Sierra Leone: Transforming Ideas into Policy

9 October 2006 at 03:28 | 586 views

Not long ago there was a discussion on the Sierra Leone Discussion Group, an online Sierra Leonean forum, on the necessity of having a think tank in that country that would, according to one contributor, " help us streamline ideas and offer them for implementation through a partnering link with the government of Sierra Leone." In this piece, John Lansana Musa, a member of that forum presents his views on the matter:

By John Lansana Musa, USA.

I write in concord with the growing interest of the topic that graces this heading. The question: whither political debates into formal government policy is long overdue for all the reasons we have already heard from our compatriots. It was Jonathan M. Rose who earlier placed this issue as a pivot for us when he argued in the seminal years of the Dual Citizenship debate that we must garner every effort to ensure our discussions would be crystallized into an Act of Parliament. Hitherto this craving to transform debate into policy, Sierra Leonean discussion fora had been platforms for demonstration of knowledge of issues and invariably mere talking shops.

Now we are beckoned to graduate to fashioning ideas into policy. But how shall we reach this lofty goal? Some have already spoken a variety of desirable reasons. But the kernel of all these ideas are captured in Amadu’s suggestion above - that we fashion policy in partnership with Government. The chiefest reason for this idea lies in the fact that it is not the want of ideas being transformed into policy. It is the lack of political will to adopt ideas from thinkers by Parliament or State House.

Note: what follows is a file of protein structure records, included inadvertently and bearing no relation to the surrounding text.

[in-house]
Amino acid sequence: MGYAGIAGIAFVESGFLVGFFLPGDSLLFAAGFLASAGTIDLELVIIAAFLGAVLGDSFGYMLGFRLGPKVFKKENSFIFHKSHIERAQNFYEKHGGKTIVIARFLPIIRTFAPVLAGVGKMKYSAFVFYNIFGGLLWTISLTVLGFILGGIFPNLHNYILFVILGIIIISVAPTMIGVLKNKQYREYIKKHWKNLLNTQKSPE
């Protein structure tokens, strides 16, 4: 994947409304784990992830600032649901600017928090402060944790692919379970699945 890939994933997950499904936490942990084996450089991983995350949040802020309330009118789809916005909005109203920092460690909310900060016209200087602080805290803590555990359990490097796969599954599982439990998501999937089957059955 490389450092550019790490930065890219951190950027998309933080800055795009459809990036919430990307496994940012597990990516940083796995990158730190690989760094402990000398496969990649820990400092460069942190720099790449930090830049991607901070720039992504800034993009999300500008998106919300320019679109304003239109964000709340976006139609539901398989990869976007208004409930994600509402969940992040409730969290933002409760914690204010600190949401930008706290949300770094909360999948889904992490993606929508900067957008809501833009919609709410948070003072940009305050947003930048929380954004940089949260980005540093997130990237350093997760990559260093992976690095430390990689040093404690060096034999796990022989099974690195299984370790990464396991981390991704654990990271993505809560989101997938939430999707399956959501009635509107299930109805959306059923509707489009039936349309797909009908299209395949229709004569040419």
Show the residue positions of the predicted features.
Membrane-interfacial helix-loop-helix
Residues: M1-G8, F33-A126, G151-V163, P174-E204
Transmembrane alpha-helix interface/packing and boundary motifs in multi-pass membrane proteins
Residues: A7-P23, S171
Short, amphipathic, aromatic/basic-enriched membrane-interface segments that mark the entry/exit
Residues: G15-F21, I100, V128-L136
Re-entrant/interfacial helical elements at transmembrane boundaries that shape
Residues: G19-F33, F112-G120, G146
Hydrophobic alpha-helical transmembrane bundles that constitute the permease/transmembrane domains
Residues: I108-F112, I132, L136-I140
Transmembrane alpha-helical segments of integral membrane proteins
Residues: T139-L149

A generation and fifteen years after flag-Independence, Dual Citizenship has at last crossed the threshold of that political will. But there remains other vexing issues deserving such a transformation. AUTARCHY - economic independence; Uniform LAND TENURIAL SYSTEM; Modern EDUCATION REFORM; SCIENCE & TECHNOLOGY Modernization and general law reform among a battery of post-independence reforms.

None of these will be attained in this nascent creative upsurge of transforming ideas into policy unless Government is persuaded by a proactive citizenry contemplating a well-ordered society. Our nation is still in the grip of colonial policy fashioning. Statecraft is poorly done as may be seen in the pathetic constitution-making, vague legislation on many vital matters plaguing the nation.


Policy making does not arouse excitement in Sierra Leone as it is now being adopted with relish on this forum. The last major edition of the Laws of Sierra Leone was in December 1959. A pleading in the courts of Sierra Leone requires an advocate to disregard captions in the laws such as Colony and Protectorate among other relics of the Scepter of of the House of Windsor. It is still not clear to our Government that the British empire started under Elizabeth I and was dispersed under Elizabeth II.